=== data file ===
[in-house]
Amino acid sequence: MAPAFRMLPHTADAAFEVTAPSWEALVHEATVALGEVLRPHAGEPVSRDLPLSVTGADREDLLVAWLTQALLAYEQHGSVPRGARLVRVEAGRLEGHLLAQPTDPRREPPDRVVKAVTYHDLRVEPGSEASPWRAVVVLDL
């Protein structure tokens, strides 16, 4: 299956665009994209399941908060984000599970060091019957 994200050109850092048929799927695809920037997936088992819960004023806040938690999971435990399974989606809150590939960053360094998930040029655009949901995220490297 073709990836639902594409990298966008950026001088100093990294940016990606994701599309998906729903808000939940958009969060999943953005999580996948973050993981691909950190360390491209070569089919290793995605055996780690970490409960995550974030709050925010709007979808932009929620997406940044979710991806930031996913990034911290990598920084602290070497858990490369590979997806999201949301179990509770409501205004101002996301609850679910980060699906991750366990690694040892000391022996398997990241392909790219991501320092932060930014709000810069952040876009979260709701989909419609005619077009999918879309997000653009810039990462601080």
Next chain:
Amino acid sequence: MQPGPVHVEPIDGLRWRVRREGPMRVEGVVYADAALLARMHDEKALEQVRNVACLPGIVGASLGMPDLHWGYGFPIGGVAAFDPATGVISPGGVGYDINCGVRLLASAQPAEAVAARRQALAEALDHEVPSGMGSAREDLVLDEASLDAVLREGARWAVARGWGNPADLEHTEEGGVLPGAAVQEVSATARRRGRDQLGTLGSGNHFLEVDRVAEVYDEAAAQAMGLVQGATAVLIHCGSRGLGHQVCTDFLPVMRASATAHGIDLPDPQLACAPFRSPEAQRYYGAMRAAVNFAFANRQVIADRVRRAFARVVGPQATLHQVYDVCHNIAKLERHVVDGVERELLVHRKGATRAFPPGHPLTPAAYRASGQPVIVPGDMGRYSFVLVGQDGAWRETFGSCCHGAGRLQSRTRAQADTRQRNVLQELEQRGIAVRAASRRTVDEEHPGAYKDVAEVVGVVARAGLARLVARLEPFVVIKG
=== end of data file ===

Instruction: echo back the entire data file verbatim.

[in-house]
Amino acid sequence: MAPAFRMLPHTADAAFEVTAPSWEALVHEATVALGEVLRPHAGEPVSRDLPLSVTGADREDLLVAWLTQALLAYEQHGSVPRGARLVRVEAGRLEGHLLAQPTDPRREPPDRVVKAVTYHDLRVEPGSEASPWRAVVVLDL
């Protein structure tokens, strides 16, 4: 299956665009994209399941908060984000599970060091019957 994200050109850092048929799927695809920037997936088992819960004023806040938690999971435990399974989606809150590939960053360094998930040029655009949901995220490297 073709990836639902594409990298966008950026001088100093990294940016990606994701599309998906729903808000939940958009969060999943953005999580996948973050993981691909950190360390491209070569089919290793995605055996780690970490409960995550974030709050925010709007979808932009929620997406940044979710991806930031996913990034911290990598920084602290070497858990490369590979997806999201949301179990509770409501205004101002996301609850679910980060699906991750366990690694040892000391022996398997990241392909790219991501320092932060930014709000810069952040876009979260709701989909419609005619077009999918879309997000653009810039990462601080």
Next chain:
Amino acid sequence: MQPGPVHVEPIDGLRWRVRREGPMRVEGVVYADAALLARMHDEKALEQVRNVACLPGIVGASLGMPDLHWGYGFPIGGVAAFDPATGVISPGGVGYDINCGVRLLASAQPAEAVAARRQALAEALDHEVPSGMGSAREDLVLDEASLDAVLREGARWAVARGWGNPADLEHTEEGGVLPGAAVQEVSATARRRGRDQLGTLGSGNHFLEVDRVAEVYDEAAAQAMGLVQGATAVLIHCGSRGLGHQVCTDFLPVMRASATAHGIDLPDPQLACAPFRSPEAQRYYGAMRAAVNFAFANRQVIADRVRRAFARVVGPQATLHQVYDVCHNIAKLERHVVDGVERELLVHRKGATRAFPPGHPLTPAAYRASGQPVIVPGDMGRYSFVLVGQDGAWRETFGSCCHGAGRLQSRTRAQADTRQRNVLQELEQRGIAVRAASRRTVDEEHPGAYKDVAEVVGVVARAGLARLVARLEPFVVIKG